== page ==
A good beekeeper must possess good management skills and stewardship, which take both time and knowledge. General maintenance requires periodic inspections during the warm months to ensure the queen is laying eggs, the workers are building up honey stores, and the colony has enough space to expand. The colony clusters and eats through their honey stores in the cold months, only emerging when the temperature is above freezing to eliminate waste. Management time and style depend on climate, hive style, and particular bees. All colonies are unique, and each beekeeper will have a different experience.
Given the responsibilities required to maintain a productive hive, coming across people who have spent almost their entire lives dedicated to beekeeping is very uncommon. However, one of them is Greek-Australian beekeeper Kyriakos Malathounis — more popularly known as Kerry Mala. He has been into beekeeping since he was a child, and at the age of 87, his enthusiasm and zeal are amazing to watch. He now looks after his hives located in Windsor, Australia. He is assisted by his spouse Ekaterini.
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Of course, Kerry Mala is fond of gardening too. He has a big vegetable garden to look after. There are plenty of olive and citrus trees, and then there are the beehives located at a distance. He gets some bee stings every day, but that may be why he has not developed arthritis. Compared to men in their 80s, he is remarkably agile and fit. He sells the honey with the brand name Mr. Mala. He was raised on the island of Imbros. Earlier, it was under the territory of Greece, but later it was made a part of Turkey and was renamed Gokceada.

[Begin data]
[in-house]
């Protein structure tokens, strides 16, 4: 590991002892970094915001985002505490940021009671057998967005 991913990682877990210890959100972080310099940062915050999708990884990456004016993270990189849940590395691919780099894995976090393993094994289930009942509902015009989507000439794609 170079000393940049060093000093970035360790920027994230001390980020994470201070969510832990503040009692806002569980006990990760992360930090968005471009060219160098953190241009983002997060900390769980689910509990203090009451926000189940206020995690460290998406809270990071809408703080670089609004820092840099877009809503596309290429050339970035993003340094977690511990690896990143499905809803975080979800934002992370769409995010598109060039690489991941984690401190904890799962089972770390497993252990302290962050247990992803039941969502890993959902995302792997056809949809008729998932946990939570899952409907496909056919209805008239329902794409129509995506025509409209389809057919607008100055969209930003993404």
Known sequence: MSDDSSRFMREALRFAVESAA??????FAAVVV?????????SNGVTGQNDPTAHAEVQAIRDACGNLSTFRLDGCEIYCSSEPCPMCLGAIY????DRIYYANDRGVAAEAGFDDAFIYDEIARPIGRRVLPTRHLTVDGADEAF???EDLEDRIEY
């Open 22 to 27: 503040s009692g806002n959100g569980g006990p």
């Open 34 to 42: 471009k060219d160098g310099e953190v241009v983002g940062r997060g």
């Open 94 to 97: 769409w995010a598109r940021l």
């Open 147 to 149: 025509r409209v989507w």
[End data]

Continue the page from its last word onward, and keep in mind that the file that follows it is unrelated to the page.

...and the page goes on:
Creating new hives
Malathounis had six siblings, and they lost their father early in life. So, they had to help their mother with farming. They had natural beehives on their property that were hanging. Malathounis came up with the idea of making artificial but more useful hives for the bees. So he built some pine boxes with lids and frames. At first, he did not find success and the queen bee died.
With effort and time, he found a way to make it work. He created new hives at a distance so that there was only one queen bee in one hive. At the peak of his career, he worked with as many as 350 hives and made 15 tonnes of honey per year. His honey became popular across Europe over the years.
80 years of experience as a beekeeper
After working with bees for more than 80 years, Malathounis is a knowledgeable person as a beekeeper, and he could very well write several books on the subject. However, he has not done that and instead keeps on doing what he does the best — harvesting vegetables and making honey in a natural way. He did not study much owing to his family’s situation and learned from life experiences. He says: “I’m like a doctor who keeps notes on his patients and knows all about them. I watch my bees and know what they need and when it’s time to build a new hive. Every hive has its personality.”
When the Turkish government tried to ostracise the Greek population, Malathounis decided to relocate to Australia. He was in his 30s then, and it was a tough decision. Getting started with his work in a new country was not easy. Initially, as a beekeeper, he found a few takers for honey. He did a few odd jobs at that time, including that of a cook. However, his focus on his vegetable garden and hives did not diminish. With time, the popularity of his honey picked up.
Malathounis sells cold-pressed honey, which means it is close to raw form and contains most nutrients. Unlike other brands, he does not resort to adding artificial processing ingredients or preservatives. This makes it better in quality than commercially sold honey. He likes the idea of biodiversity and so detests manuka honey. His bees explore different flowers yearlong. On average, the bees can fly up to 30 km to visit other species of flowers.